The Big Disconnect
Do your kids a favor and read this book.
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Nor is it simply what our children are exposed to. Equally troubling is what these plugged-in kids are not learning: critical steps in the development process such as empathy, negotiating skills, impulse control, sustained attention, and the capacity to be alone and connect with oneself. She laments the loss of boredom – which this plugged-in generation seldom feels – as the critical first step to creativity.Skip to next paragraph
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And yet, as busy parents wanting to quell their complaints from the mini-van carpool, we hand them an iPhone game. What we don’t realize is by making it easy on ourselves, we’re making it harder on our children: Those rapid-tap games are rewiring their brains for fast-twitch thinking, which may lead to helpful multi-tasking (surfing the Net while writing a paper), but also to careless multi-tasking (texting while driving).
In the chapter on 3- to 5-year-olds, “Mary Had A Little iPad,” Steiner-Adair illustrates precisely what a child misses when tech replaces play. Four-year-old Alissa says her favorite game is “dress-up,” which she plays after school – on the family iPad. Alissa’s “little index finger darts expertly from space to space as she selects items and colors. Tiara or barrette? Tap! Stiletto heels or peek-toe pumps? Tap!” (Even before this game can begin, Alissa had to watch ads for detergent and allergy medication.)
For Steiner-Adair, this is not “playing dress-up” at all. Rather, real dress-up involves digging through a box of old clothes; feeling and smelling the fabrics; finding one shoe and not the other, and then turning disappointment into a creative solution; inviting a friend and having to negotiate who gets to wear the only tiara; tattling to your mother and being heard; and all the while telling yourself stories, imagining yourself as a princess, with that old couch your castle.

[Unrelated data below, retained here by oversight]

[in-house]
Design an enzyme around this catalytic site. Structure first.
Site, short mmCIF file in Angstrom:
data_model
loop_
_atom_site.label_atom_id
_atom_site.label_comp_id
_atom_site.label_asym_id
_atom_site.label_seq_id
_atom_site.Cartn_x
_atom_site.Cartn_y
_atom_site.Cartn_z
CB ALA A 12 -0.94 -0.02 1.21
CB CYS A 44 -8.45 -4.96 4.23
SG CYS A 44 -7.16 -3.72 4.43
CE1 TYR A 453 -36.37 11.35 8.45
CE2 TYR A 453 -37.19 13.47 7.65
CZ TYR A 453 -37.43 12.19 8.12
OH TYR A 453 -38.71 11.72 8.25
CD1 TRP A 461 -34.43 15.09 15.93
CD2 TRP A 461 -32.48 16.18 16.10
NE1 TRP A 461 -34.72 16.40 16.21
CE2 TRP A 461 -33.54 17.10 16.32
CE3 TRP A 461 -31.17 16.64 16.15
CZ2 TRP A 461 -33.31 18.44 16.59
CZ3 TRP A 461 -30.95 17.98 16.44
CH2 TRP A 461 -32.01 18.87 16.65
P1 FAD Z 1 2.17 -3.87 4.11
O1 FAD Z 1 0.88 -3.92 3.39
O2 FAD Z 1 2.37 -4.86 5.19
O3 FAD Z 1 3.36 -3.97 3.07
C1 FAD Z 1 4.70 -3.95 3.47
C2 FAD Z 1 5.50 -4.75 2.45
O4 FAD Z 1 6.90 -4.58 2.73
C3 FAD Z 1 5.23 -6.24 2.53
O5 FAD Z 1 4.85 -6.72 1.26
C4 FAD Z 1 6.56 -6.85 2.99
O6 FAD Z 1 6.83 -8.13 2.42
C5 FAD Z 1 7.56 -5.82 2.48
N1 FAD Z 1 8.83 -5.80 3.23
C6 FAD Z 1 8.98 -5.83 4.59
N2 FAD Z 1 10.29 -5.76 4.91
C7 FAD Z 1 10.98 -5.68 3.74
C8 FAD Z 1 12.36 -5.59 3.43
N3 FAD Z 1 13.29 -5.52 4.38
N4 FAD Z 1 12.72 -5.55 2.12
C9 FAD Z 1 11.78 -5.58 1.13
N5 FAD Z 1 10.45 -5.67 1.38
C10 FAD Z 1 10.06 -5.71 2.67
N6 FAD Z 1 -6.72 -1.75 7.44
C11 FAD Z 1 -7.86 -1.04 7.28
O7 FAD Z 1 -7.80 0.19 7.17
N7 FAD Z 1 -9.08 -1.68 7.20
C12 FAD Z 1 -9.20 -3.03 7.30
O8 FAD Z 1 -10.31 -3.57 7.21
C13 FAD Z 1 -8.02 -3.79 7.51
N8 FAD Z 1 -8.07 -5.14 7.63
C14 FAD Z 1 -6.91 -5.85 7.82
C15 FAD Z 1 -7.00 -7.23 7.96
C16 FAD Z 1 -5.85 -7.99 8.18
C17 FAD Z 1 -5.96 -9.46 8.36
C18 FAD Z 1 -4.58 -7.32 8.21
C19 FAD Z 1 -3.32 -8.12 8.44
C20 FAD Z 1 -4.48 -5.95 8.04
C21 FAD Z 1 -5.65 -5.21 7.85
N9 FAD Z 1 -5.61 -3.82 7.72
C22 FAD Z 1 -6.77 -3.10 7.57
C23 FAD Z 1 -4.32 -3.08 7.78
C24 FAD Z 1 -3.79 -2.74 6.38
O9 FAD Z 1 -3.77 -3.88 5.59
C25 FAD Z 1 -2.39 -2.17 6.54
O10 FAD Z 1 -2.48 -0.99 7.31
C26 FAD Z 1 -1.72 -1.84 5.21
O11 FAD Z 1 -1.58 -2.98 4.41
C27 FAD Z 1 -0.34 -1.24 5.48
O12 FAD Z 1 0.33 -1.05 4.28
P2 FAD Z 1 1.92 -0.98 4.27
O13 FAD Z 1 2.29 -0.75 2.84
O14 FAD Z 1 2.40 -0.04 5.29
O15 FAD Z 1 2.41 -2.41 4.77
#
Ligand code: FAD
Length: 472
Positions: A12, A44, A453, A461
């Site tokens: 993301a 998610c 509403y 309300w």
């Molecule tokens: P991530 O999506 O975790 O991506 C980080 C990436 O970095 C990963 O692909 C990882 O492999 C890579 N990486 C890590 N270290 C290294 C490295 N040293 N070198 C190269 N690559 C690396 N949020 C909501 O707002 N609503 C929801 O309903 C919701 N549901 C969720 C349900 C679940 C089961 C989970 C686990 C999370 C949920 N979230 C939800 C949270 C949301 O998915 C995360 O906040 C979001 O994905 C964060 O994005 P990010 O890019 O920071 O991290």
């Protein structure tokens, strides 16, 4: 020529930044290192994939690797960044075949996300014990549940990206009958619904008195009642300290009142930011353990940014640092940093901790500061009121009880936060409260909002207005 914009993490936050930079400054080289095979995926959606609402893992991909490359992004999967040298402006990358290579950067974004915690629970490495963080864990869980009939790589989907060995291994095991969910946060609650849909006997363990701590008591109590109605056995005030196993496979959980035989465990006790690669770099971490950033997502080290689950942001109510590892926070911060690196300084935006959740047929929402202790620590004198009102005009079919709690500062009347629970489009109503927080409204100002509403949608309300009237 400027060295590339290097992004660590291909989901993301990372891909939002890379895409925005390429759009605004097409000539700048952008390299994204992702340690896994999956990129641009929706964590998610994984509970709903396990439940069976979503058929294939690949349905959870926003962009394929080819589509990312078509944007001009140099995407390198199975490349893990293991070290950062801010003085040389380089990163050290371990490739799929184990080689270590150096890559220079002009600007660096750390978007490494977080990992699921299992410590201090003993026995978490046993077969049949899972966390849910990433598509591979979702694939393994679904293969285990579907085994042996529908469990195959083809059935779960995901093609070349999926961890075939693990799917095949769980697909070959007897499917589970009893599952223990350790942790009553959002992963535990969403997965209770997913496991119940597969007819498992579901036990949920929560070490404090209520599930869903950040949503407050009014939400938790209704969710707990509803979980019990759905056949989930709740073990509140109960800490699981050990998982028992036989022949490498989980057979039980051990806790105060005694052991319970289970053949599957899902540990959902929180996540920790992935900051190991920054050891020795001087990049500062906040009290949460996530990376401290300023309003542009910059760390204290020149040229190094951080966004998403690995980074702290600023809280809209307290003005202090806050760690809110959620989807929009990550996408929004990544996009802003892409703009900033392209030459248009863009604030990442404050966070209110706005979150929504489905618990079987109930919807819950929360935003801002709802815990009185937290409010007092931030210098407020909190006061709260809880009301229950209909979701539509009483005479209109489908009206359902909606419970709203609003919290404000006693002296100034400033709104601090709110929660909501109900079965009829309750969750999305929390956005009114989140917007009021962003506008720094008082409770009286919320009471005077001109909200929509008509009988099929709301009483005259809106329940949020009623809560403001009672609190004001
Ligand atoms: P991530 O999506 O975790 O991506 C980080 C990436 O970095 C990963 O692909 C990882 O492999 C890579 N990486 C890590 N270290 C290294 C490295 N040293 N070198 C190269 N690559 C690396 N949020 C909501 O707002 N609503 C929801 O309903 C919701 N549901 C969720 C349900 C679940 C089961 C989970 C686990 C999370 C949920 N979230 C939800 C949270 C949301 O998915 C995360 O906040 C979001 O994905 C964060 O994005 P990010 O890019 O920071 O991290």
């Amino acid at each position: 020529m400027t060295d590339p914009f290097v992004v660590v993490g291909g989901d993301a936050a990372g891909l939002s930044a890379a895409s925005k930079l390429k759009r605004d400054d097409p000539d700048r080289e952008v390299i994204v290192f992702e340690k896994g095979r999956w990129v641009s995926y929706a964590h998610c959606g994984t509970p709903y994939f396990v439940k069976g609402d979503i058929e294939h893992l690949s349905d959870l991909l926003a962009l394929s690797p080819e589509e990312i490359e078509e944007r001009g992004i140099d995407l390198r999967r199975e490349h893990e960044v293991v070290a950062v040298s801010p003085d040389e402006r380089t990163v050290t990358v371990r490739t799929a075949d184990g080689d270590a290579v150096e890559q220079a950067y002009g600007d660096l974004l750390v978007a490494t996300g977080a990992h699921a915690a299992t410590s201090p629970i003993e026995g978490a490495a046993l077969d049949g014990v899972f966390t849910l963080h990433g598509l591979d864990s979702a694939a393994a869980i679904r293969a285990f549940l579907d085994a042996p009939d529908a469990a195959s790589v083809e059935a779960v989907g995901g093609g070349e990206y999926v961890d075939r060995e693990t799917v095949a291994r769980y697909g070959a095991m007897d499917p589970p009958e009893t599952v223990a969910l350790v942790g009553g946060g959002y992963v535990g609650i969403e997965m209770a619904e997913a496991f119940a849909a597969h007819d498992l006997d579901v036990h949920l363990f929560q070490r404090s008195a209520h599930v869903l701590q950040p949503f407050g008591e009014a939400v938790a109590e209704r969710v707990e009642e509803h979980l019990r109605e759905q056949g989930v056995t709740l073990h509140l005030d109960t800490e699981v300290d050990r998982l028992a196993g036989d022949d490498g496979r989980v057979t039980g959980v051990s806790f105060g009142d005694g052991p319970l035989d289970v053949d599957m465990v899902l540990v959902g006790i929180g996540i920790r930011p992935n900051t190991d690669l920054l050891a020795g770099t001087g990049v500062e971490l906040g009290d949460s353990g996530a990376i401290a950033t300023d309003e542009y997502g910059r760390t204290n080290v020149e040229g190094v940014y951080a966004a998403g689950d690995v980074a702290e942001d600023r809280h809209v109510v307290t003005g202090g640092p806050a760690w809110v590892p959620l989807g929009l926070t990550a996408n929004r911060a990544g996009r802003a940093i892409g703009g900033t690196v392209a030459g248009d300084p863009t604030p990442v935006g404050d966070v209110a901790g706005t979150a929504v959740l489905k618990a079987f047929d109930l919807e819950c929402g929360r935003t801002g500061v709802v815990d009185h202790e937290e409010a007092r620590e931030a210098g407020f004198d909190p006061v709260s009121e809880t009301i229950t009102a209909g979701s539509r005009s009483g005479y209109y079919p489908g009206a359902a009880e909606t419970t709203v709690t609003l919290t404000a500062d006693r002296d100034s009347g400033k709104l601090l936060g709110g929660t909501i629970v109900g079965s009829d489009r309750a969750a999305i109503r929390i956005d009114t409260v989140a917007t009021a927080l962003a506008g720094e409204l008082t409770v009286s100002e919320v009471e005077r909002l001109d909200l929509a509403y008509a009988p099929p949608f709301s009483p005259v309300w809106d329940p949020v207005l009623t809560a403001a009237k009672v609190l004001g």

These actual moments of play, Steiner-Adair says, “stretch creativity and develop imaginations. They deepen your capacity to learn and to keep learning, taking you on to new developmental challenges and growth.”
What’s a family to do? The author’s final chapter, “The Sustainable Family,” presents practical guidelines, among them: Declaring a family philosophy; providing non-tech activities you do together; keeping communication open, even though it means having awkward conversations about topics you never had the occasion (or need) to discuss with your own parents.
So unplug from your own tech distraction, pick up this book, and read. Learn what our children are actually doing on today’s plugged-in playground. Decide right now: What kind of childhood do I want for her? What kind of skills will make him a caring, loving adult, and how can I teach, and reinforce, those skills?
It starts at home. Listen to what one tech-savvy teenager said: “I think in the olden days families mattered more. It feels like we’re losing the idea that family matters.”